Social, moral, spiritual and cultural development (SMSC)
“Pupils' exemplary behaviour and very positive attitudes to learning contribute significantly to their outstanding achievement. They are highly motivated, and want to learn. As a result there is an exceptionally strong learning culture in the school. Without exception all pupils spoken with were very proud of what they have achieved and were ambitious for what they wanted to achieve.” Iain Birtwell Junior Review– January 2017.
SMSC is outstanding. The school’s vision statement, 'Care, Learn and Respect' is at the heart of everything that we do and we ensure that our provision develops the whole child-academically, socially, morally and spiritually, so that they are able to thrive in their local and their international community. “This is a good school. Its focus on pupils’ personal development is an outstanding feature of the curriculum and contributes to pupils’ excellent spiritual, moral, social and cultural development. (OFSTED 2012) ”.
‘The school is highly innovative in what it does:
- Heart Start
- Leaders in Learning initiative
- Quilters Quest
- Quilters Arithmetic Challenge and whole-school times tables tournament
- Its Boccia Team
- The Quilters Gallery and the Museum of Quilters
- LEGO challenge, as part of a STEM initiative
- Links to Mumbai and Ghana with joint activities planned between schools.
- Genre reading challenges.
- QFM, QTV and Q-Movies, would all be examples.’ SIP Visit Note - November 2016.
“The needs and interests of pupils are at the heart of the stimulating curriculum that ensures excellent coverage of all subjects and makes links across subjects and beyond. Sport, music, drama and art are key elements within its rich curriculum. The curriculum contains clear examples of where pupil voice has been taken into account.” Iain Birtwell Junior Review– January 2017.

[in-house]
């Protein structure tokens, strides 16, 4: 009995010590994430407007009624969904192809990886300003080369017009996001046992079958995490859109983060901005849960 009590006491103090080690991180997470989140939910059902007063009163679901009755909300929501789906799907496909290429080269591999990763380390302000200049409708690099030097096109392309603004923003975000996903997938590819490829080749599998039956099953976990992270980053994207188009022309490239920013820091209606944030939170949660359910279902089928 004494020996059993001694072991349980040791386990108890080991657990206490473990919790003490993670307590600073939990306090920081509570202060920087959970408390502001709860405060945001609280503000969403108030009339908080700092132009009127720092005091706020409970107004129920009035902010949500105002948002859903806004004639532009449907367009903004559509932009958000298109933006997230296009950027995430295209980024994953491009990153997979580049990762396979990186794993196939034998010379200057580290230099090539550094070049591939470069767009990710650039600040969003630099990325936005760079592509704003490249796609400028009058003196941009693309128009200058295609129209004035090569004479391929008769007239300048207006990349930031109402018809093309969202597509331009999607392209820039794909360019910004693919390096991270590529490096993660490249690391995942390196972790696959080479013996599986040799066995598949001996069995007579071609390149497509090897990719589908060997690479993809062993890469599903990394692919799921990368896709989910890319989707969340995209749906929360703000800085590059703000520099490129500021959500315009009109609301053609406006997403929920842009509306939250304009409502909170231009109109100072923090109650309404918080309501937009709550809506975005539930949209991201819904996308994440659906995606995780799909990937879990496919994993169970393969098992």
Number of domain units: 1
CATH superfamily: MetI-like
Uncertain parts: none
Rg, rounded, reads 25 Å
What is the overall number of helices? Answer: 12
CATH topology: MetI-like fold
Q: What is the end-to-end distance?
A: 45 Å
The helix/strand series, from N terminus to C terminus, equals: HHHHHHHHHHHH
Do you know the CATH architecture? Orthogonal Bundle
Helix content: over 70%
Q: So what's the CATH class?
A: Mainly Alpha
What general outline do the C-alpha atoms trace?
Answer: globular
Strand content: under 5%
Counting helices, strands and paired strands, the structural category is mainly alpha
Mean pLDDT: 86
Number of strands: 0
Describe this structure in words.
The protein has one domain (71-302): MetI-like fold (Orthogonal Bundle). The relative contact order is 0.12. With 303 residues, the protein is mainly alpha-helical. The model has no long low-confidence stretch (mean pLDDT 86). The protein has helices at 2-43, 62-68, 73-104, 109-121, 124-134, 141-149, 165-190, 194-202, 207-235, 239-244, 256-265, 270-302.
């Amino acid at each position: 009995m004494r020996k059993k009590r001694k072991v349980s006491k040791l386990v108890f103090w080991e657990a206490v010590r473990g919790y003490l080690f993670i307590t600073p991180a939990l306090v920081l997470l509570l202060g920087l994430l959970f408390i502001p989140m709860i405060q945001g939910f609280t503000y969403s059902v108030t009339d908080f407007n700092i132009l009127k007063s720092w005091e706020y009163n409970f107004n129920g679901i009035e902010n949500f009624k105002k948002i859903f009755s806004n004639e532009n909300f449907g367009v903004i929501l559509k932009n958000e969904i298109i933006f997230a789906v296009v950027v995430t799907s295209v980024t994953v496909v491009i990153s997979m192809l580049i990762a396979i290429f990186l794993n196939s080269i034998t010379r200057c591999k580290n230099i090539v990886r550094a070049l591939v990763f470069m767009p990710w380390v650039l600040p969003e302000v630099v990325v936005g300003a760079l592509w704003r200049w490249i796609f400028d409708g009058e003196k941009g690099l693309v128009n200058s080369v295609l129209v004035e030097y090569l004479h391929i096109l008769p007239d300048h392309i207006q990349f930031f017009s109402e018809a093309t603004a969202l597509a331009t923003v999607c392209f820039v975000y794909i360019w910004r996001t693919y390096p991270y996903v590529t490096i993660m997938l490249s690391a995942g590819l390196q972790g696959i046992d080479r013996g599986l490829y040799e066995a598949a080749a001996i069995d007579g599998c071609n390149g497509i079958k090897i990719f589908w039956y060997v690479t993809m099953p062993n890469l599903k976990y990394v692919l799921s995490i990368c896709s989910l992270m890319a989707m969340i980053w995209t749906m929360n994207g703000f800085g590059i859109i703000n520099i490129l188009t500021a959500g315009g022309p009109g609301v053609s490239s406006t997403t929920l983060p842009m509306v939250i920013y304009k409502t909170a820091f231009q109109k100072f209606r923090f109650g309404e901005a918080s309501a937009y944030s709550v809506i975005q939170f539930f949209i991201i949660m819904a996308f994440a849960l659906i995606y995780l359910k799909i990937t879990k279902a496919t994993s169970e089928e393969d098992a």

There is strong Pupil Voice. Each year, 16 Year 6 pupils act as Leaders of Learning. Their job is to communicate what ‘outstanding behaviour for learning’ looks like to the whole school. They observe lessons, talk to pupils and scrutinise books so they can celebrate role-models in assembly. The Leaders of Learning review their time in school with the governors each year and set one School Improvement Target which is on the school’s main SDP document. There are yearly Quilters elections – for House Captains and School Councillors. The House Captains plan different charity days themselves, where all of the children in that particular house run activities, throughout the day, aimed at raising money for their charity. The school council raises money for charity too in conjunction with the local Rotary Club, several times a year. The school council decides what to raise money for and how. We are an official Rotakids School and work closely with the local Rotary Club, serving the community in which we live. If pupils are worried about safety in school they can report concerns to representatives of our school council (the Safety Squad), some of whom wear high visibility vests at lunch times; they then report back to the school council who will raise and discuss solutions where necessary. A proactive response from adults is guaranteed and any action taken is fed back to pupils in assembly. Termly, our school council works with the school council of other schools from the Billericay Trust. Joint projects are planned collaboratively – last year, we ‘Cleaned for the Queen’. Sports Leaders, in all year groups, plan and run sports activities themselves each term.